Friday, August 6, 2010
Baked Potato Soup
Baked potato soup has to be, hands down, one of my favorite spoon-eaten meals. It's also my kiddo's most recent favorite lunch. We go to Panera Bread every week and she always wants a bowl. I decided to make some for lunch at home.
Being that it is the middle of summer here in Oklahoma, and the average daily temperature is hovering around 285º Fahrenheit, I'm loathe to use my oven right now. Crock pot to the rescue! I've used my slow cooker once before to make baked potatoes in this heat, and while the result wasn't my husband's favorite for a side item with steak, it is perfectly fine for other applications.
I started off with about one and a half pounds of Yukon Gold potatoes (about 7 medium). If you've not yet tried Yukons, get on it! Their flavor and texture is far superior to the more common Russet. Their skins are thin and perfect for skin-on eating. There's an abundance of good-for-you fiber and nutrients in them thar skins, so leave your peeler in the drawer.
I put the crock pot on low, made a large pouch out of foil, and put the whole taters in it. Before closing the pouch, I poked each potato with a knife, spritzed on some Pam, and sprinkled them liberally with kosher salt. After cooking them overnight, I turned off the crock pot and took my kid to the library for story time.
By the time we came home, the whole potatoes had cooled enough to handle. I cubed them and set them aside while I started on the soup base.
Mmmmm...bacon. I diced up 4 strips of bacon and cooked them in a stock pot. After the bacon is crispy, remove it to a small bowl and pour off all but about a tablespoon of the grease.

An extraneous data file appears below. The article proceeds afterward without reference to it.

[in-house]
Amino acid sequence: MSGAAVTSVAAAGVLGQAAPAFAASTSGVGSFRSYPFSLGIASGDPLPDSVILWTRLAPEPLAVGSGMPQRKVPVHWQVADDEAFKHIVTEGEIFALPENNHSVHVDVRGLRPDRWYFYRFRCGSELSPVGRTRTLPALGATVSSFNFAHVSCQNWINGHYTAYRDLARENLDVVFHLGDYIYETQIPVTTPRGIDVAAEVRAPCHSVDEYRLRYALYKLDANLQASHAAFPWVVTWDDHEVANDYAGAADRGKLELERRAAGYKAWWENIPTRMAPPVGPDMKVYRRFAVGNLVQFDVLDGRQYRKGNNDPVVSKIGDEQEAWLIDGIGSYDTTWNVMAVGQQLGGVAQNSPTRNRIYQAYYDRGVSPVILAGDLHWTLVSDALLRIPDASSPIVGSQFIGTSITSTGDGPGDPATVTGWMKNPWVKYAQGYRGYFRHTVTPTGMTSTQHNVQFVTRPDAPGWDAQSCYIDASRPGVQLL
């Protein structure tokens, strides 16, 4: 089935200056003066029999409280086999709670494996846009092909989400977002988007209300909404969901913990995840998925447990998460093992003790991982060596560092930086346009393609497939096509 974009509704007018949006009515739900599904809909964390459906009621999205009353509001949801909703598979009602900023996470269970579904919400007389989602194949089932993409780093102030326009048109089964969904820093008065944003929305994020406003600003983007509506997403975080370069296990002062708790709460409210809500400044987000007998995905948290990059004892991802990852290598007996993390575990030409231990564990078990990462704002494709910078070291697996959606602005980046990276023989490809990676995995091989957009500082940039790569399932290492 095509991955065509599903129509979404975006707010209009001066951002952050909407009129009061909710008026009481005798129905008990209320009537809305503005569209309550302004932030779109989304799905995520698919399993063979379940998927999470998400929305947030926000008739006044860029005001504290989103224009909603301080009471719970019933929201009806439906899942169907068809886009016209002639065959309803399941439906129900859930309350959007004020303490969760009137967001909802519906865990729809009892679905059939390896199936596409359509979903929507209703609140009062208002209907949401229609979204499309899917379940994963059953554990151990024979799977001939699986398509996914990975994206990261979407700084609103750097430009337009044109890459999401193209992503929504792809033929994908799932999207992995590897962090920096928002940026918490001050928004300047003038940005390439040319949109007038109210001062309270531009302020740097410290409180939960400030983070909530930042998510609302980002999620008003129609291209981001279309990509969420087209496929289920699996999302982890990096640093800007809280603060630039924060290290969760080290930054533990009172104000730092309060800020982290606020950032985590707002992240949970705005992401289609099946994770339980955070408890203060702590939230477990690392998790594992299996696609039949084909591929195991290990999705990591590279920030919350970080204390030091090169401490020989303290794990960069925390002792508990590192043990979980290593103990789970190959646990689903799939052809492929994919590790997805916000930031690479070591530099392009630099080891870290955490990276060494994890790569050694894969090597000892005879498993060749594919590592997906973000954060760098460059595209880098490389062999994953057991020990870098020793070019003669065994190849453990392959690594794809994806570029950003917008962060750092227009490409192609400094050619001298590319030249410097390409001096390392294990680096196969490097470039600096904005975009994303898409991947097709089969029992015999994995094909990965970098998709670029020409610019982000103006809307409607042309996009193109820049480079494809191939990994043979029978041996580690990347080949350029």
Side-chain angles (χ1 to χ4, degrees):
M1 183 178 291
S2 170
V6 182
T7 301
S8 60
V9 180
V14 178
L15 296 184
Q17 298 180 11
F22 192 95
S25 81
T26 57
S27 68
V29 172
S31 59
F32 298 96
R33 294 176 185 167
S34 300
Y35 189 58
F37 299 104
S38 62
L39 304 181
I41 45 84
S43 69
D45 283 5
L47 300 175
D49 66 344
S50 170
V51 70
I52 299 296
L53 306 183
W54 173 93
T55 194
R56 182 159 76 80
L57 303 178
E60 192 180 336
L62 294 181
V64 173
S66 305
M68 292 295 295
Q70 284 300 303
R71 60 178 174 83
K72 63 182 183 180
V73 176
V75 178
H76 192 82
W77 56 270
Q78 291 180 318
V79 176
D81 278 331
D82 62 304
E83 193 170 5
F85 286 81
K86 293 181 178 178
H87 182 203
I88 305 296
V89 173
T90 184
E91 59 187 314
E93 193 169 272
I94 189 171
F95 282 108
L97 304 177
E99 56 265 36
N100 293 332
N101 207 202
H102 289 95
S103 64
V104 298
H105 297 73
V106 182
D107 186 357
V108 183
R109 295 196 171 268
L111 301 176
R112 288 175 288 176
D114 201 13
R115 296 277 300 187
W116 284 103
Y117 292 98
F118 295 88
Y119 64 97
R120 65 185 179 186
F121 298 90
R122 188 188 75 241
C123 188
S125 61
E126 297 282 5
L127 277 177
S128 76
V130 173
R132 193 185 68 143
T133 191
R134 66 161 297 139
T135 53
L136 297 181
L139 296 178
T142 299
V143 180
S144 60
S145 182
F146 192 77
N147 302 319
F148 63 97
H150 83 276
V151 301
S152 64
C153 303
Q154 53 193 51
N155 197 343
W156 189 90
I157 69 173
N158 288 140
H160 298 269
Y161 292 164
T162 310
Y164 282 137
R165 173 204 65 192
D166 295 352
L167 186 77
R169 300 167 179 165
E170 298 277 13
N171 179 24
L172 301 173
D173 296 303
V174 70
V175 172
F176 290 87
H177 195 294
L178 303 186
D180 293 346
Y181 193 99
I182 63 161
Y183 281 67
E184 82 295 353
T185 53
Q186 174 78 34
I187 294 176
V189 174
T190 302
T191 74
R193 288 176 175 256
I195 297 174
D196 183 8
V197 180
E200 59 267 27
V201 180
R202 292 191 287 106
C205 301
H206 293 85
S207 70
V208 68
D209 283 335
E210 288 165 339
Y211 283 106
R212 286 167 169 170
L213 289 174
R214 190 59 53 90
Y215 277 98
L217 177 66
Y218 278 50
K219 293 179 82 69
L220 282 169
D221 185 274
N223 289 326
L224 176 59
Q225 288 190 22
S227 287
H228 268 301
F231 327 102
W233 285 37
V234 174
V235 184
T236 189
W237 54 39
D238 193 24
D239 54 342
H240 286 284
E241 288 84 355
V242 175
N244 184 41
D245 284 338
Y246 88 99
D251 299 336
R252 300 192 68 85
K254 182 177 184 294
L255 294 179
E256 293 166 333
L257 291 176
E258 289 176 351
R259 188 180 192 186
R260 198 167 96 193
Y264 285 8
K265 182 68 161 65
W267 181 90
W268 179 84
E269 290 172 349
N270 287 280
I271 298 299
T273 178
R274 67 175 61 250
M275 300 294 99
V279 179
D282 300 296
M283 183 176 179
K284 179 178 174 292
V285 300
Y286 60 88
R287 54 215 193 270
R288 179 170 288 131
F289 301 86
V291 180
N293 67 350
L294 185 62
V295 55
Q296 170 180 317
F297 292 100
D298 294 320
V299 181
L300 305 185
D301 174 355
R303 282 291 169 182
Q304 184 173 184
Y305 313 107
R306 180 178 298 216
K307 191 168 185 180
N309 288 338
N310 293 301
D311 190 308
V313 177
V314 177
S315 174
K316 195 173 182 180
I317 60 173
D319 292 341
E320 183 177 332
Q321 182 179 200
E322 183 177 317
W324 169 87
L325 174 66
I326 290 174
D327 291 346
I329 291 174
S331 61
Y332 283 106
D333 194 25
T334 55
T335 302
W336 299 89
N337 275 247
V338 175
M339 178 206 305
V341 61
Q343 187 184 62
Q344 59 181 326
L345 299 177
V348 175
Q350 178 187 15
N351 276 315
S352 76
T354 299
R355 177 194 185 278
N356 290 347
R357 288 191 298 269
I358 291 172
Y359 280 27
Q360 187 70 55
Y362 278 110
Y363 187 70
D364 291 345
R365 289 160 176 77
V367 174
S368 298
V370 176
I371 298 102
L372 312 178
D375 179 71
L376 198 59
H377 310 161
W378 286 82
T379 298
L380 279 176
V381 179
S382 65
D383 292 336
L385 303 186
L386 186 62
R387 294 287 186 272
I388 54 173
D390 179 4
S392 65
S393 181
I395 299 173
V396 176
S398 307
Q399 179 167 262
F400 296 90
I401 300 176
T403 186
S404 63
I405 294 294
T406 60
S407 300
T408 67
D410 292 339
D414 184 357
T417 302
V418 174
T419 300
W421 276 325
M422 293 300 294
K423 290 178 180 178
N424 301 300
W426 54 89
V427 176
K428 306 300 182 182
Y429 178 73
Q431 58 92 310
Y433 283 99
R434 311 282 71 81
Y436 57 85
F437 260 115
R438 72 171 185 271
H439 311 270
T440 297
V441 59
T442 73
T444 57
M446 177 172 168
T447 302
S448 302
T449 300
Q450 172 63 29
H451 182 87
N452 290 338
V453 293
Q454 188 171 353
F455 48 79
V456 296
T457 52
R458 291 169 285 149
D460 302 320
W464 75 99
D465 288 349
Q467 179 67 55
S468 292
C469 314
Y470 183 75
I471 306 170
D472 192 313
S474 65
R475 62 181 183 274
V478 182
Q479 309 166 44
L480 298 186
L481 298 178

Saute some chopped onion (about 1/2 cup), celery (1 stalk), and garlic (2 medium cloves) in the remaining bacon fat until just starting to soften. Sprinkle on 1 tablespoon of flour and stir.
Add 1 cup chicken broth and 3 cups milk, scraping the bottom of the pan with the spoon to get up all that delicious brown stuff, called "fond" by the French. It's pure flavor.
Add the cubed potatoes to the pot and simmer for about ten minutes, or until the celery and onion are tender. Mash the potatoes slightly. Don't obliterate them- you want some good chunks in there.
To make this soup really thick and good, I pureed about 4 ladles-full in the blender. Be careful with this step. Make sure you hold the lid on or you could splatter yourself with very hot soup.
Return the pureed portion to the pot, stir well, and season to taste with salt and pepper. I threw in a palm full of chopped chives from my garden. You could also use thinly sliced green onions. It really gives a good flavor boost. Yum!
Posted by The Errant Cook